Invasive Species Compendium

Detailed coverage of invasive species threatening livelihoods and the environment worldwide

Abstract

Earthworm invasion shifts trophic niches of ground-dwelling invertebrates in a North American forest.

Abstract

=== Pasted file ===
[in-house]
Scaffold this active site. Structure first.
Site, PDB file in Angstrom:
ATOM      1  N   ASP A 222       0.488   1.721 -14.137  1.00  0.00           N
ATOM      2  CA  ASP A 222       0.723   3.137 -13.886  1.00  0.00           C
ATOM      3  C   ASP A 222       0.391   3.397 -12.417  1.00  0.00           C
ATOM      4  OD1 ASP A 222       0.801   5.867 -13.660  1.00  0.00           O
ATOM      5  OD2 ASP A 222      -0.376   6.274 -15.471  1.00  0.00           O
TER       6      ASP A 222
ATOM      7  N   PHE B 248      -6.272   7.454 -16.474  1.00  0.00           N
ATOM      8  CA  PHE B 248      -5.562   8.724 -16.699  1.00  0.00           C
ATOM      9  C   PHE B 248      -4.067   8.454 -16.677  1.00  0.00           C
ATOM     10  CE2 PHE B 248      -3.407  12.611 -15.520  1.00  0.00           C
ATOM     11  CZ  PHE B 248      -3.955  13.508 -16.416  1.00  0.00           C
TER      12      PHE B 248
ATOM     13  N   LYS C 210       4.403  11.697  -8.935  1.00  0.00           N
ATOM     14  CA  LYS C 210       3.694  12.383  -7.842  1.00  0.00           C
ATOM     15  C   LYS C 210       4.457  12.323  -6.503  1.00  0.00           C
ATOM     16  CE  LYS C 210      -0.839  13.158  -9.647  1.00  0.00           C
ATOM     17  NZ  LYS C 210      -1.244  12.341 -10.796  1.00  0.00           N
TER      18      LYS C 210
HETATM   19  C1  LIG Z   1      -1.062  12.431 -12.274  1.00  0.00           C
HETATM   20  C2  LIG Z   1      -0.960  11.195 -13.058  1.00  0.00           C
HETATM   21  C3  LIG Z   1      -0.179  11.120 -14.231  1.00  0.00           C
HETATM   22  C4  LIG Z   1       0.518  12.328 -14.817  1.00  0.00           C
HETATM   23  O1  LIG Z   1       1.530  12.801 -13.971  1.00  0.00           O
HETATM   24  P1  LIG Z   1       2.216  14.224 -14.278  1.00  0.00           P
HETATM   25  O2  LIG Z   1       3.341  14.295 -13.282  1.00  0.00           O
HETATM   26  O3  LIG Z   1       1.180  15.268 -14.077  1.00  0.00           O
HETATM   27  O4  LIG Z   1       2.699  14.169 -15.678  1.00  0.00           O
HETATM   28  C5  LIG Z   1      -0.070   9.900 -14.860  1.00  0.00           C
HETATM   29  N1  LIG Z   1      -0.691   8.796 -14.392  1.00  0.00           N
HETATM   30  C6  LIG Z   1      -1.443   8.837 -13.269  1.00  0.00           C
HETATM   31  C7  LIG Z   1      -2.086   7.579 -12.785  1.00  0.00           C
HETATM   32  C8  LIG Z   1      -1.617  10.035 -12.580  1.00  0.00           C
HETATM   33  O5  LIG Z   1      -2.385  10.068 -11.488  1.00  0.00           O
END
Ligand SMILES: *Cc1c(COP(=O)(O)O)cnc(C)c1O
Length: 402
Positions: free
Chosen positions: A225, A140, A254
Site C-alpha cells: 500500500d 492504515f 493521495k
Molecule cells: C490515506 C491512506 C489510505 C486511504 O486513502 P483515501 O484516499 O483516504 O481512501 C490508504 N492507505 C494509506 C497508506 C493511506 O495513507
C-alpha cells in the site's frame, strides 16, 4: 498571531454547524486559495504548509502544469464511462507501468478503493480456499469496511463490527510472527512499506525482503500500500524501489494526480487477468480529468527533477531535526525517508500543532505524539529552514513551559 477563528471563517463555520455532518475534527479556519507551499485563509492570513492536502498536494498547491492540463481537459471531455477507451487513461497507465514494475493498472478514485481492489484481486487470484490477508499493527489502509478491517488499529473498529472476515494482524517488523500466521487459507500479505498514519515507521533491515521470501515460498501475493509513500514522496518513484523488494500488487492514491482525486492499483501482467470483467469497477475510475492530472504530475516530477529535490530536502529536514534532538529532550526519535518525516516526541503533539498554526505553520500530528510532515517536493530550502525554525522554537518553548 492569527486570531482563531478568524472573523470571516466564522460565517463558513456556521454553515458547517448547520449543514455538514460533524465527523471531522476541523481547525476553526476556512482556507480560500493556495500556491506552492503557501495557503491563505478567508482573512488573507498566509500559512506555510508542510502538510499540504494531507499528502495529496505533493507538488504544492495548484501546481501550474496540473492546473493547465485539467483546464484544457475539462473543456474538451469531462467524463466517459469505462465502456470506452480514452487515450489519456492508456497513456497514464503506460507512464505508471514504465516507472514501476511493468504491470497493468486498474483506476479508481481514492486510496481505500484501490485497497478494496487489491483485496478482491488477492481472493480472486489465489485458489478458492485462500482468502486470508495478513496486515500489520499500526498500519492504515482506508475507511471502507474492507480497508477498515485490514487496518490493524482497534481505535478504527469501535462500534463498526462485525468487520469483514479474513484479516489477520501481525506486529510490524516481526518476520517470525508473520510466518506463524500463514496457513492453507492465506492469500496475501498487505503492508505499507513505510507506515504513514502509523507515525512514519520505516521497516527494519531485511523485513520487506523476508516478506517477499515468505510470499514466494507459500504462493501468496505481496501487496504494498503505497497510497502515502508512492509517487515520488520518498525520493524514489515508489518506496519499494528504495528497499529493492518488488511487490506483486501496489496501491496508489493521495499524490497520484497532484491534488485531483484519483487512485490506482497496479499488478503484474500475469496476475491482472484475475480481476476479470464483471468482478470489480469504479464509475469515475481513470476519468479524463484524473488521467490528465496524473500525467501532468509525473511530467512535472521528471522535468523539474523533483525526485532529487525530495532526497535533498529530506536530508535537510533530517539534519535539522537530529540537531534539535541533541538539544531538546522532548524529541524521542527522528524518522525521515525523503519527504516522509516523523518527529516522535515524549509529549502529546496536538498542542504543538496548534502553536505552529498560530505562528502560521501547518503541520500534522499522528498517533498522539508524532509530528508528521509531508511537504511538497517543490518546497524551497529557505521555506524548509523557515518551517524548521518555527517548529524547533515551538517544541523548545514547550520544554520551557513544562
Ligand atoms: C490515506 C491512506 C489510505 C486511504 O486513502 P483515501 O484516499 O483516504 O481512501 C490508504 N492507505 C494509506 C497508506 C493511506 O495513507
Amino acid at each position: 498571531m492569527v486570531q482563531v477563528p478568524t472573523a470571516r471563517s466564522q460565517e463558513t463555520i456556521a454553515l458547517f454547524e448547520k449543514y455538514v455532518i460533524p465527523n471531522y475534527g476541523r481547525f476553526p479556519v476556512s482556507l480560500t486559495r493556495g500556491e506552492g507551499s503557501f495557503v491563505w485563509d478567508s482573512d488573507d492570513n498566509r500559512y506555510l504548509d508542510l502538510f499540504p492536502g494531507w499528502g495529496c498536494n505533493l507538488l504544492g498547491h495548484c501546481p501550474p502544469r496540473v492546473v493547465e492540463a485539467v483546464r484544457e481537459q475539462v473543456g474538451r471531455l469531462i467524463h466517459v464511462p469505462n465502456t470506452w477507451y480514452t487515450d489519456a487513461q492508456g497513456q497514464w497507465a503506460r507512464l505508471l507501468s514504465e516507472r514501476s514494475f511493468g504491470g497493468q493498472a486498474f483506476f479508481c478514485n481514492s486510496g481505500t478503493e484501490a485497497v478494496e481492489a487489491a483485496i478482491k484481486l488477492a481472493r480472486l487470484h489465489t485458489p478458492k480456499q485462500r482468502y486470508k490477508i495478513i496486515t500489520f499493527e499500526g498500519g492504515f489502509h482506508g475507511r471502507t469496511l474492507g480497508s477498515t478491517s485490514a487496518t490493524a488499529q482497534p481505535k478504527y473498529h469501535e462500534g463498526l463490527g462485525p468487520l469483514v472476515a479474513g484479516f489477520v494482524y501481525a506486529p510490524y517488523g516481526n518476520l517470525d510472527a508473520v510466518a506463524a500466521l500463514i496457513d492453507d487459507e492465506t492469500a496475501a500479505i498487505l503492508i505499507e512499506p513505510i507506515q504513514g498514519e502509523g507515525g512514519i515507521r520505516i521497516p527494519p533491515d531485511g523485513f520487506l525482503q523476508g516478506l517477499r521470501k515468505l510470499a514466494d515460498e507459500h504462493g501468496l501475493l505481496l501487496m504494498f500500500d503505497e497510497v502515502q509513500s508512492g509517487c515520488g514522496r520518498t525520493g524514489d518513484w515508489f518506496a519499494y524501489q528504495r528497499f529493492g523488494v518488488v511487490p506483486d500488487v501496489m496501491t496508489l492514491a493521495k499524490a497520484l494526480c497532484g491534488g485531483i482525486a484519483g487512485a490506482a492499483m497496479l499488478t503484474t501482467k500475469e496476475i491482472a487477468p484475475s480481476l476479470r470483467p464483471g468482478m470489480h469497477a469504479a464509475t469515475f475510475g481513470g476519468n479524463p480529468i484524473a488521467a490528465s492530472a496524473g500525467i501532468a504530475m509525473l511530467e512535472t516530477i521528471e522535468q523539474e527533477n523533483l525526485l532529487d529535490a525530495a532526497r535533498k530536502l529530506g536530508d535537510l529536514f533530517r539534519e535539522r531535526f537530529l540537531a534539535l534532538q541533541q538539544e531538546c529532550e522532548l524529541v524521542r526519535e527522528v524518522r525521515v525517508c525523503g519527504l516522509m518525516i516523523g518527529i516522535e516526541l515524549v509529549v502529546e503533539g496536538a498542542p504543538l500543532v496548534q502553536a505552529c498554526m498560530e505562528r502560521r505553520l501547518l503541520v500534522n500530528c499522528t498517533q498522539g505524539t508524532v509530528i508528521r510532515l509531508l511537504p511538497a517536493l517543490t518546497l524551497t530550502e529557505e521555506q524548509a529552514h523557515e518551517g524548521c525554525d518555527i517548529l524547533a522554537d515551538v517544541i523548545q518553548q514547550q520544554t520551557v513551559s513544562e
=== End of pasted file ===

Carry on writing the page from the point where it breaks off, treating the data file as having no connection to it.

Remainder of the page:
Earthworms are invading soil communities worldwide, and their actions as decomposers and ecosystem engineers are vastly impacting many ecosystem functions. In the northern regions of North America, invasive earthworms are often functionally distinct from the native invertebrate fauna and, thus, typically occupy empty trophic niches in soil food webs. Nevertheless, they can affect the co-occurring soil invertebrate communities in multiple indirect ways. Particularly, the redistribution and removal of litter resources can affect feeding interactions of soil biota that channel up to higher trophic levels, such as predators, causing shifts across all components of the soil food web, which are hard to investigate. To study trophic shifts in earthworm-invaded soil communities, we used ground predators as model organisms since they occupy high trophic levels and connect different energy channels in soil food webs. We used stable isotope (13C and 15N) and fatty acid analyses as complementary tools to describe the trophic levels and basal resources of consumers that were impacted by earthworm invasion, specifically examining the trophic niches and resources available to ground-dwelling invertebrates of a northern aspen forest. The distinct trophic niches of invertebrate species were affected significantly by earthworm invasion. Shifts in neutral lipid fatty acid profiles as well as decreases in animal Δ13C and Δ15N signatures indicated changes in basal resources and trophic levels, respectively. Furthermore, we observed a trend of greater intra-specific and less inter-specific variation in fatty acid profiles of soil organisms following earthworm invasion. Notably, shifts in marker fatty acids of ground-dwelling invertebrates were opposite to the changes observed in soil microbial communities, suggesting de-coupling of soil microbial and ground arthropod food-web compartments. Overall, our study revealed a systemic effect of invasive earthworms on ground-dwelling invertebrates. Earthworms presumably consumed a considerable amount of resources, such as litter and, thus, incorporated them in the soil food web, which was, as a basal resource, not available in the food web free of earthworms. Overall, the ground-dwelling invertebrates have adapted (changed their trophic function) which could explain the balancing of potential environmental changes that are caused by invasive earthworms. This observation potentially explains why these species are dominant in the studied forest and resist earthworm invasion. Future studies should investigate if altered litter availability also causes shifts in soil biodiversity in invaded forests, which is assumed but rarely directly tested to date.